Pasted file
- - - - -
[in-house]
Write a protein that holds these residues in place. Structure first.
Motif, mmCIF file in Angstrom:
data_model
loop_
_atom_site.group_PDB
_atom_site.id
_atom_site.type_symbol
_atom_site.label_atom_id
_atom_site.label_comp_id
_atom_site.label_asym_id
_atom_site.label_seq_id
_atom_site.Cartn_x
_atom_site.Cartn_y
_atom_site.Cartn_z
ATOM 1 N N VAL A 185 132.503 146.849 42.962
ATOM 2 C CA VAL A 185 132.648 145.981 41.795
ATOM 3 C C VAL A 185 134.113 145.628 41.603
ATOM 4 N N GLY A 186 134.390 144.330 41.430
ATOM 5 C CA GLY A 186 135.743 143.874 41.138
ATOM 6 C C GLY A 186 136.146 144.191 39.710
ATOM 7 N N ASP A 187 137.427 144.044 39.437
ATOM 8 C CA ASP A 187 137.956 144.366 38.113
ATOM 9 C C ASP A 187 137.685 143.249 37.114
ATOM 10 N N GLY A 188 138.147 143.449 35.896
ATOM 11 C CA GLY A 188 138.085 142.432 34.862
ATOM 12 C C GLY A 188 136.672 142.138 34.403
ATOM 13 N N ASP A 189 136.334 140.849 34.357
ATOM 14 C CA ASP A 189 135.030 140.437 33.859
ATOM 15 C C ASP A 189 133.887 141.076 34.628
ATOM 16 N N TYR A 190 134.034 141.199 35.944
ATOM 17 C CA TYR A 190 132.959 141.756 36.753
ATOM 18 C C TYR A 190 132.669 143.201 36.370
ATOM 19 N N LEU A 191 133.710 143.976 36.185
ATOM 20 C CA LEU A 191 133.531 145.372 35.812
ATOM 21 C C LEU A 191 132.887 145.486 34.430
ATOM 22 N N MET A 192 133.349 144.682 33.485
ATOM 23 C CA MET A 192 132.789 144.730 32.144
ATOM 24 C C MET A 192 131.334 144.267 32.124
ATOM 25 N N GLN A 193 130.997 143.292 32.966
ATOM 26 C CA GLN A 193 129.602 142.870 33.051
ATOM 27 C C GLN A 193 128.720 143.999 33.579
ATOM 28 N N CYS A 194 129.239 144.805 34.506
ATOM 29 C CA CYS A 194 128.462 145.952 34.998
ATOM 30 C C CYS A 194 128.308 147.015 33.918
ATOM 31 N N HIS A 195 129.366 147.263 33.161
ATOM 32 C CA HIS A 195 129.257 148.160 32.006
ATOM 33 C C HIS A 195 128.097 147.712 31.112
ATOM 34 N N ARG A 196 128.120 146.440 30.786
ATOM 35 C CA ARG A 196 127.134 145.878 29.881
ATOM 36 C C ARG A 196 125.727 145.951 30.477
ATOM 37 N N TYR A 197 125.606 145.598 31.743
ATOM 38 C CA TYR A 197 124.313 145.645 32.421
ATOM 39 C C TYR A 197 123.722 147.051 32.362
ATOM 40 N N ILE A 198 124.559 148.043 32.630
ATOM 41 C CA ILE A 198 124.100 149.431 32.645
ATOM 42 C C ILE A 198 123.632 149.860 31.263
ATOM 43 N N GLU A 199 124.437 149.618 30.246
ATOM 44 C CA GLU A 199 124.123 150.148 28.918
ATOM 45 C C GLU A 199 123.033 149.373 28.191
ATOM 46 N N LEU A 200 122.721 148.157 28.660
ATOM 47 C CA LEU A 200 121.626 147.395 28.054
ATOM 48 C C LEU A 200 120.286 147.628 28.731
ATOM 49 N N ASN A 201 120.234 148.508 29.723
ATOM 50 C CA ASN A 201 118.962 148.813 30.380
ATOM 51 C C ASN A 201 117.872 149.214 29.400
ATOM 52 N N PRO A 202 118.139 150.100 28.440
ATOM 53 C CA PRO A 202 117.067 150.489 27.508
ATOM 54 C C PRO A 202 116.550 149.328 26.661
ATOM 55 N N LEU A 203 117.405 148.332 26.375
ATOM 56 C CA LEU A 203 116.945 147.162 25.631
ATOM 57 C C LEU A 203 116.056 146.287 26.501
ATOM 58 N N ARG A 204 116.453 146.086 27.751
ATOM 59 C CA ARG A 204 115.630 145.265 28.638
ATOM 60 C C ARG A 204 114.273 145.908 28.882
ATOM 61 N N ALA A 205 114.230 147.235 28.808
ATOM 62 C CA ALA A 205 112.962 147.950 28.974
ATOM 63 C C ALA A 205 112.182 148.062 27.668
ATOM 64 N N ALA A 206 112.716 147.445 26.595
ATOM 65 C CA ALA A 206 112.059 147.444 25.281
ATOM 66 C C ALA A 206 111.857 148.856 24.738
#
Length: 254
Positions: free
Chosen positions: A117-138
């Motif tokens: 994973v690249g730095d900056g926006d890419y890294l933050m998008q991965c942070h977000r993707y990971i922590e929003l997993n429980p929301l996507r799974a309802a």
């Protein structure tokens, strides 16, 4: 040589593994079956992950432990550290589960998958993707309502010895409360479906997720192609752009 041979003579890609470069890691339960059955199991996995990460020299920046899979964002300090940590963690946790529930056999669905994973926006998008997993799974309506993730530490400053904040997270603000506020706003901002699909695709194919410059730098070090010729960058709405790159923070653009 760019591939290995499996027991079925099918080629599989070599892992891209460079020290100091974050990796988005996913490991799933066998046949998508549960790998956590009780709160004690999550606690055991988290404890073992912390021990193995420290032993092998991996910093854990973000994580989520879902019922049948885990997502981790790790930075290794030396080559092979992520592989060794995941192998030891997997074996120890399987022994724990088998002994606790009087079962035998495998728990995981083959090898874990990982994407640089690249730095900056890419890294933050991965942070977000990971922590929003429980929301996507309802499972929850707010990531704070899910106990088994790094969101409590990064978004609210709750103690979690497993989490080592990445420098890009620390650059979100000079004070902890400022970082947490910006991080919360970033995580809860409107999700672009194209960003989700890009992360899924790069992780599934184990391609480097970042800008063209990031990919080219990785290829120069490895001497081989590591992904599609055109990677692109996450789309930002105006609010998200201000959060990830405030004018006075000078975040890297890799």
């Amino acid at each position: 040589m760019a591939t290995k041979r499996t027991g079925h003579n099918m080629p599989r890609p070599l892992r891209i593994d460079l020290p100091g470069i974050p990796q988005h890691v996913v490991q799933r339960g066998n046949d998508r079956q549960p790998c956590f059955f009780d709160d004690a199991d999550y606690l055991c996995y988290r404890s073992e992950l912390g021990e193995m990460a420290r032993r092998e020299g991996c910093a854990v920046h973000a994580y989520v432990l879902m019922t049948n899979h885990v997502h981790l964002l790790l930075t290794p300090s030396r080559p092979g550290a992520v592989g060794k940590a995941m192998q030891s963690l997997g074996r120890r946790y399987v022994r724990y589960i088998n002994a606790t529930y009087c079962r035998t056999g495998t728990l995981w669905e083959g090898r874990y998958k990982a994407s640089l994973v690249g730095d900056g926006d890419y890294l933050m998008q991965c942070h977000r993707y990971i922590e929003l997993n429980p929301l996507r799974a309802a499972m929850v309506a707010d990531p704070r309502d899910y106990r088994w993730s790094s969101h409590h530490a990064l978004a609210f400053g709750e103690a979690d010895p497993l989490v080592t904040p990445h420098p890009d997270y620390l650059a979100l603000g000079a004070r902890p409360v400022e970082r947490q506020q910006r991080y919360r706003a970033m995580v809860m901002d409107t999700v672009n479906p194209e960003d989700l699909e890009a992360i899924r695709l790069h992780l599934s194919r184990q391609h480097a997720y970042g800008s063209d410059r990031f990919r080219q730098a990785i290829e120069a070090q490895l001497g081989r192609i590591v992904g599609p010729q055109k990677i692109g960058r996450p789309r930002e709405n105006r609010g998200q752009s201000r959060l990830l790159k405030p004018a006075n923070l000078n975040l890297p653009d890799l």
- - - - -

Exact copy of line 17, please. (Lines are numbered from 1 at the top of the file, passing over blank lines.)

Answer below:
ATOM 2 C CA VAL A 185 132.648 145.981 41.795